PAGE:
If the tool diagnoses your hard drive to be “bad” then that’s the cause of your problem. We recommend replacing the hard drive to solve the issue. If however you got a “Good” status report and this method too didn’t work for you, then we have one last method to recommend.

Method 3: Check Driver Issues

If you have the same issue and have a Lenovo machine, then you can follow these steps to remove the exception:

As a first step, we will be disabling the automated installation of drivers. For this, type “gpedit.msc” in the start menu search. If you don’t have the global policy editor installed then you can follow this comprehensive guide to install it first click (here)

In the left-hand side of the window, you should see “Computer Configuration”. Expand that.

Expand “Administrative Templates”, then expand “System” and follow that by expanding “Device Installation”.

Click on “Device installation”.

In the window on the right-hand side, you should see “Prevent installation of devices not described by other policy settings”. Double click on it.

In the window that appears, select “Enabled” and click “Ok”.

Restart your computer now.

Invoke the start menu pop-up by pressing “Windows key + X” and select “Device manager”.

Now from the device manager window, go to “Sound video and game controllers” and right click on “Conexant SmartAudio” or “IDT High Definition Audio”. Click on uninstall from the list and ensure that “Delete the driver software for the device” checkbox is checked.

Now press “Windows key + X” again and select “Programs and Features”. From the list of apps, uninstall everything that you can find related to “Conexant/IDT and Dolby”.

Reboot the computer.

Once you have rebooted, you have to download the following driver for the Dolby and audio component from this link:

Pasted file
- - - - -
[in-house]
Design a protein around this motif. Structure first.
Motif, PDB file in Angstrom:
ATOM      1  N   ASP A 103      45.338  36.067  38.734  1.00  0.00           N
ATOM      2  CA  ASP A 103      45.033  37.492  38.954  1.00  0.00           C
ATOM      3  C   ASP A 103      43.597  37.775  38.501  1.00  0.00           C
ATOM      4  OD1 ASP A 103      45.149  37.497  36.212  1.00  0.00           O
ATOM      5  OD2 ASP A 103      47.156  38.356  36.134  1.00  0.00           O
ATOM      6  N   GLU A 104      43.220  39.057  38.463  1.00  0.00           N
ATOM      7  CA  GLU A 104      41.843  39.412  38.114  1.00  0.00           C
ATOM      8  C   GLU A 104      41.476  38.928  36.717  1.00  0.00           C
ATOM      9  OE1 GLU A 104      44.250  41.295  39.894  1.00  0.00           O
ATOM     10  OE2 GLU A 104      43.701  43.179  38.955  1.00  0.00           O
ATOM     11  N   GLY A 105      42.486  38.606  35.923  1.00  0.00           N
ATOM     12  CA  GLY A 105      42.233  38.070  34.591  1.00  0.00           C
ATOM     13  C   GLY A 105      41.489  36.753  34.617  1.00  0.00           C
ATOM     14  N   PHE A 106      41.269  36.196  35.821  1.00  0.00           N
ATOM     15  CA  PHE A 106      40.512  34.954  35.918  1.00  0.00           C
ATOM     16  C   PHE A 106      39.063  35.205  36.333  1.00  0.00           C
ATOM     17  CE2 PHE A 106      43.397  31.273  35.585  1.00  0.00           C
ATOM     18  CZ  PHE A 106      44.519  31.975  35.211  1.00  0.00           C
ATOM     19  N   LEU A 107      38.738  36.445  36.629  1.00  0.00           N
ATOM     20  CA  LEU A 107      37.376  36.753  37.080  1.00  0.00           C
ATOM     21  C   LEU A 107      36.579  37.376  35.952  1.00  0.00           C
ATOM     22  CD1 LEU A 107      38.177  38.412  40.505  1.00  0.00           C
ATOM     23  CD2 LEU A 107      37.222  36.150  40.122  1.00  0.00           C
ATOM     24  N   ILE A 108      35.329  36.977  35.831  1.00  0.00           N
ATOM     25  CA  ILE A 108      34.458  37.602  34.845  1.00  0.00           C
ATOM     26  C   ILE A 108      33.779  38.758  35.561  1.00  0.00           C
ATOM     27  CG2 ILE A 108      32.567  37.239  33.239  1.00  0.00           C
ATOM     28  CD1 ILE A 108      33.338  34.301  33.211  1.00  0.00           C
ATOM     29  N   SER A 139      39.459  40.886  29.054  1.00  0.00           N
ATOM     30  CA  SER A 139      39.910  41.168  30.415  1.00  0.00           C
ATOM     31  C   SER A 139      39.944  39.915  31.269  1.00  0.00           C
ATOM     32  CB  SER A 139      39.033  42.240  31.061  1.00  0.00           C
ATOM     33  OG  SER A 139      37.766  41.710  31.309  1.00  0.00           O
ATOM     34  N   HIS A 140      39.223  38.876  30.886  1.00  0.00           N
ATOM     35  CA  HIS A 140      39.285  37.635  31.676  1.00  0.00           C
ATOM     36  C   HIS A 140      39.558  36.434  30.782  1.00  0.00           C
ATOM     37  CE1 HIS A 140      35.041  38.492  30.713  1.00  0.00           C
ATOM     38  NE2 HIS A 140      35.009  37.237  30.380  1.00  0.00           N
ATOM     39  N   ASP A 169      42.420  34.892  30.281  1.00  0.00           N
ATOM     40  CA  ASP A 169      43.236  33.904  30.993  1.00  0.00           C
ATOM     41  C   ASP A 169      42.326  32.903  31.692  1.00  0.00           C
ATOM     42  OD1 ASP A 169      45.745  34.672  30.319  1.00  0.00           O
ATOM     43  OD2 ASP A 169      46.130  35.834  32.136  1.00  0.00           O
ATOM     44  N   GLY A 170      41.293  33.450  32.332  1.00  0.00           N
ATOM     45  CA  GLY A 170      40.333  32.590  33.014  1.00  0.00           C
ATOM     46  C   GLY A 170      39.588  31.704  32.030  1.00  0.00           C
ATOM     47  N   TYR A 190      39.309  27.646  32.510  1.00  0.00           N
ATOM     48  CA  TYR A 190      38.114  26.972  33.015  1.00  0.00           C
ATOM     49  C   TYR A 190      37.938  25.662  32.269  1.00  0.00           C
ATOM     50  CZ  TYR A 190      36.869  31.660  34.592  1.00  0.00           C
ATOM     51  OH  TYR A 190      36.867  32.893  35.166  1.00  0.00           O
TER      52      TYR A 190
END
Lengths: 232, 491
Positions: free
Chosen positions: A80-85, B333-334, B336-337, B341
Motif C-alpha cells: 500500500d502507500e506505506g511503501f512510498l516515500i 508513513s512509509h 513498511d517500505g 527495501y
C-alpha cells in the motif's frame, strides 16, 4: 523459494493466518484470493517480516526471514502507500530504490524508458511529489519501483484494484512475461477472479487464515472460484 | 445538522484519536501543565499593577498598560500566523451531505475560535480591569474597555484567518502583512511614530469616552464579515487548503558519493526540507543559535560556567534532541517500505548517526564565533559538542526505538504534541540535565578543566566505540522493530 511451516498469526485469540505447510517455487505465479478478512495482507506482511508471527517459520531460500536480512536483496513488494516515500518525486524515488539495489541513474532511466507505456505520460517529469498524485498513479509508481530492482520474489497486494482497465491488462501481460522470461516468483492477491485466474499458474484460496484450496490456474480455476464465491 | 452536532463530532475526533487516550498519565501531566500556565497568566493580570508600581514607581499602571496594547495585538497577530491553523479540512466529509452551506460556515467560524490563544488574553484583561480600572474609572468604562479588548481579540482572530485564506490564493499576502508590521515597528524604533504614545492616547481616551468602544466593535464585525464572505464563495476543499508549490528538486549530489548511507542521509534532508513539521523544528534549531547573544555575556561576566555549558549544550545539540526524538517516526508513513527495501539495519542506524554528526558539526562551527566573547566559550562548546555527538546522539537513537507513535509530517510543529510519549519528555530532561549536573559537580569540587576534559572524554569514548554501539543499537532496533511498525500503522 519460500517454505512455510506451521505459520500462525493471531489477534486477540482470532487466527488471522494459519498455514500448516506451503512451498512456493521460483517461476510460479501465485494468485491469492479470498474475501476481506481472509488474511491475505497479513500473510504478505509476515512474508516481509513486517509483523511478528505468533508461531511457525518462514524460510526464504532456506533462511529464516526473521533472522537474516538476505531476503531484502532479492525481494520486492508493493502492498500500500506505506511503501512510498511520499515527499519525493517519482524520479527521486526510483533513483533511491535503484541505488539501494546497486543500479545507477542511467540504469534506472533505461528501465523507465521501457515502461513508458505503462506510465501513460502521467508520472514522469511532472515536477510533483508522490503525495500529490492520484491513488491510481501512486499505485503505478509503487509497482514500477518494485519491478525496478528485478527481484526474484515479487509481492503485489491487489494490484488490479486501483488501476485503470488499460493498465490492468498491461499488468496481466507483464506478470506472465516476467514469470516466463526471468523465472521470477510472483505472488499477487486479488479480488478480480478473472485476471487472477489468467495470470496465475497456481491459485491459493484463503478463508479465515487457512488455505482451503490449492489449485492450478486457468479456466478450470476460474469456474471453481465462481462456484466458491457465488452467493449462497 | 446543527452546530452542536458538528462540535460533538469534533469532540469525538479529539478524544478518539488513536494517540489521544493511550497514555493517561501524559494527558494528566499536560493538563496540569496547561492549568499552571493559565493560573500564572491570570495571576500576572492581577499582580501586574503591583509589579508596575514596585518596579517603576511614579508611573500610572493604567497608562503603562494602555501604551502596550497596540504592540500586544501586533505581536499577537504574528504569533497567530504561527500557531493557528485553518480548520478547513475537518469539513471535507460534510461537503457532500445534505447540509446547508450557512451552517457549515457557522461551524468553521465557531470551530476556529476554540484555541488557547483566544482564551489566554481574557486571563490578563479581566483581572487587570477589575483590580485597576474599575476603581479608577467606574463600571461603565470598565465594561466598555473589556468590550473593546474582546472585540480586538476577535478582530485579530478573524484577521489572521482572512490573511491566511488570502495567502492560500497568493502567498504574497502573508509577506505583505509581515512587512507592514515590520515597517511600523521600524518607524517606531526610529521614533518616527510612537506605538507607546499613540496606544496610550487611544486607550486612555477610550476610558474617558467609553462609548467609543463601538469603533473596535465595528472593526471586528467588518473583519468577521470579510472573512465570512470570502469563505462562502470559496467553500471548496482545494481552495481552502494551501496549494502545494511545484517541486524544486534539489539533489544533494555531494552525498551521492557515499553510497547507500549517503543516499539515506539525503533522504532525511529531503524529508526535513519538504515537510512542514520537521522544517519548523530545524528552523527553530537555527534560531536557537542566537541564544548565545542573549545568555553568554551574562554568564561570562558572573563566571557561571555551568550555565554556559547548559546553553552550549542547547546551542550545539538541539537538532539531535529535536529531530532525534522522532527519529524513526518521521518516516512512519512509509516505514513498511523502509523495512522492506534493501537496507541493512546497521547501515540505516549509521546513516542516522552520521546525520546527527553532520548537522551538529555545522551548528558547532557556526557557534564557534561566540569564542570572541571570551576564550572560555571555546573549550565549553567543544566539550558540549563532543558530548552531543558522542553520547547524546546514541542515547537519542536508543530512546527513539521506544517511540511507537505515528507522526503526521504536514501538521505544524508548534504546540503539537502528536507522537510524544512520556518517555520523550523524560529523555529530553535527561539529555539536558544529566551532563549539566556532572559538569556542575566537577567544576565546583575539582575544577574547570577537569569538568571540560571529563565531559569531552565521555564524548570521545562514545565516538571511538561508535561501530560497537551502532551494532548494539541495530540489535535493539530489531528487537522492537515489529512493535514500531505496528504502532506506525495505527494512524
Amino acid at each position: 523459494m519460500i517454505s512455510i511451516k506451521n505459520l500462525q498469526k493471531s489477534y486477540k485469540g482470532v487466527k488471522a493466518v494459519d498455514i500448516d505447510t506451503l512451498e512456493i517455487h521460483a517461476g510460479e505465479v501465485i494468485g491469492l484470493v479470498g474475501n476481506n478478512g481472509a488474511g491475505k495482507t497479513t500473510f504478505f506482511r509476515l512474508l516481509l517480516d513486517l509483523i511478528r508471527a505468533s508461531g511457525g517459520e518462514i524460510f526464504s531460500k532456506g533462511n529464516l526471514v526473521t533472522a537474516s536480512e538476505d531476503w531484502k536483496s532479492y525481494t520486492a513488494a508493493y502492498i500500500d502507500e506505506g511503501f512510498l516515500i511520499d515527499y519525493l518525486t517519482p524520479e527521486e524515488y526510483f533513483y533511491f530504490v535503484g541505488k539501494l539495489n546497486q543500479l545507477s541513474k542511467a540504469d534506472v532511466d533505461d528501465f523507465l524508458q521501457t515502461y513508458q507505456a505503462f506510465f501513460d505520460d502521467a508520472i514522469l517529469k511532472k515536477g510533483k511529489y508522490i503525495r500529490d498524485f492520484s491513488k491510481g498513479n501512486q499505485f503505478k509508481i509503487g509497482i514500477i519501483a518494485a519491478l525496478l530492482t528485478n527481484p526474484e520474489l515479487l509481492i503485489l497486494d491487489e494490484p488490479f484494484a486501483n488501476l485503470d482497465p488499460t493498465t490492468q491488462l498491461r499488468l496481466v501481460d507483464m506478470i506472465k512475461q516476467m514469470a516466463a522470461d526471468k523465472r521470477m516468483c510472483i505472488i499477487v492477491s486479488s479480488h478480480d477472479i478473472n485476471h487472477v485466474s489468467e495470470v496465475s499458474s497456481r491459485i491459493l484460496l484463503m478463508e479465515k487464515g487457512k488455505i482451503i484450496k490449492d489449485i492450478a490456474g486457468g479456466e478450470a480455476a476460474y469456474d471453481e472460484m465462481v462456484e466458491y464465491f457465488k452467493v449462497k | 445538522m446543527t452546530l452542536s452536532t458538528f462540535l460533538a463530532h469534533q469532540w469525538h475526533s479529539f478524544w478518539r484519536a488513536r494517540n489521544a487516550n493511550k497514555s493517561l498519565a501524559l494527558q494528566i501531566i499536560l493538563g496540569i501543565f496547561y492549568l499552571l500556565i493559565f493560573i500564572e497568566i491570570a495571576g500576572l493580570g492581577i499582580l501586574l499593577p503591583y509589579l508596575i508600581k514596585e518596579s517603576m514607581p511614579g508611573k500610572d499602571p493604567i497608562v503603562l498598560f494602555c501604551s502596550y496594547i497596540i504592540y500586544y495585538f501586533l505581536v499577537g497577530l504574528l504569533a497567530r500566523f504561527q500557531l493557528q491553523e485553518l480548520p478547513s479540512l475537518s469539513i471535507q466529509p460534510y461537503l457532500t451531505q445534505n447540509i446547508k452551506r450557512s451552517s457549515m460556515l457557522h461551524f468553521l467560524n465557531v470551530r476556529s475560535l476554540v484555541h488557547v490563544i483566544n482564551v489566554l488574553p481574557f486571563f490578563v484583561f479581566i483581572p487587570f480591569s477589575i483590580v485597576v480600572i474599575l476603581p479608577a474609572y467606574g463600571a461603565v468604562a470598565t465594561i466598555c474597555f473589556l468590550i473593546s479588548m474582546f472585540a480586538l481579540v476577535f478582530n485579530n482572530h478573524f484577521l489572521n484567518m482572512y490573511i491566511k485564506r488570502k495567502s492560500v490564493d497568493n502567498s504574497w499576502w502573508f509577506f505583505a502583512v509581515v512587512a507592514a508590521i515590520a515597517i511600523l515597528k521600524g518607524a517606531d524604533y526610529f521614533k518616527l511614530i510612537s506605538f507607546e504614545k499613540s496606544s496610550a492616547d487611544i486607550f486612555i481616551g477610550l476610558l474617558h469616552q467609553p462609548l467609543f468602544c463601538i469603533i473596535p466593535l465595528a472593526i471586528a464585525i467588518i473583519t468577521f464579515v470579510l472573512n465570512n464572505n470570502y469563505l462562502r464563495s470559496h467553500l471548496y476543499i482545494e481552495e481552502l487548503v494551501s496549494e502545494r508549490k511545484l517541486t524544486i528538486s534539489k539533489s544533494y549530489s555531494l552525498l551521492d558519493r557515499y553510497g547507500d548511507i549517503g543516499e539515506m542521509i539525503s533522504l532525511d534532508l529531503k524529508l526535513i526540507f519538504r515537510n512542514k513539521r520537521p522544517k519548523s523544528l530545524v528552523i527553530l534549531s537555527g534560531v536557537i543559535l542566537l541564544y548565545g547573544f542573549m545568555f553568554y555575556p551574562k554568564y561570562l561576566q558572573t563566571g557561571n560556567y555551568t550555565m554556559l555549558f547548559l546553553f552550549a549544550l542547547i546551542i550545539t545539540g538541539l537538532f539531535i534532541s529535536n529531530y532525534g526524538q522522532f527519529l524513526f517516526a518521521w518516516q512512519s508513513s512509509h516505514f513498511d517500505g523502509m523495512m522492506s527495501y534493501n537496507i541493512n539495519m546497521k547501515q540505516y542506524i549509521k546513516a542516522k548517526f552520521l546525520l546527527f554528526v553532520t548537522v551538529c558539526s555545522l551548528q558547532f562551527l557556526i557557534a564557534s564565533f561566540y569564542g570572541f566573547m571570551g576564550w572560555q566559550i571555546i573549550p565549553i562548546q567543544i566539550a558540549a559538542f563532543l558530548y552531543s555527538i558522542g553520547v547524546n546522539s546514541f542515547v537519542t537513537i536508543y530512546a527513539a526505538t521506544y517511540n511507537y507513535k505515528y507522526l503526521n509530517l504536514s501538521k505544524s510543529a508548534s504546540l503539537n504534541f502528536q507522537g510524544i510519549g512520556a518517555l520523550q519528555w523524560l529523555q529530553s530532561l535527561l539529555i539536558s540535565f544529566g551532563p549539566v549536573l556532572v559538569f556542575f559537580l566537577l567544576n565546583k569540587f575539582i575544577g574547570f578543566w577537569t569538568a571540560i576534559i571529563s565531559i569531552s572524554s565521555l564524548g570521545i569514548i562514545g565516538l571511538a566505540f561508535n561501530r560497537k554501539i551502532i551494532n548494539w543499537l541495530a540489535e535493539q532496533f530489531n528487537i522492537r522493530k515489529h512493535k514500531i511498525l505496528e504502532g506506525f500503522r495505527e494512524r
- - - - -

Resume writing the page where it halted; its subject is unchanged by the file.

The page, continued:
Audio driver (Conexant) for 64 bit Windows- Lenovo G410, G510

Install the downloaded driver and restart your machine.

Once you have reinstalled the latest driver, you should no longer face the unexpected store exception on Windows 10 again.

Solution 4: Turning off Fast Startup

Windows 10’s Fast Startup (also called fast boot) works similarly to the hybrid sleep modes of previous versions of windows. It combines the elements of a cold shutdown and the hibernate feature. When you shut down your computer, Windows logs off all users and closes all applications similar to the cold boot. At this point, Window’s state is similar to when it is freshly booted up (as all users are logged off and applications are closed). However, the system session is running and the kernel is already loaded up.

Then Windows sends a notification to devise drivers to prepare for hibernation and saves the current system state to hibernation and turns off the computer. When you restart the computer, Windows doesn’t have to reload the kernel, system state or the drivers. It just refreshes your RAM with the loaded image in the hibernation file and navigates you to the startup screen.

This feature makes Windows boot faster so you don’t have to wait the traditional time. However, this feature is also known to cause problems by not loading the required drivers properly each time. As it doesn’t reload the drivers, some drivers might not be already be loaded. Due to this, we might be experiencing the problem.

  1. Press Windows + R to launch the Run application. In the dialogue box type “control panel” and hit Enter. This will launch your computer’s control panel.
  2. Once in the control panel, click on Power Options.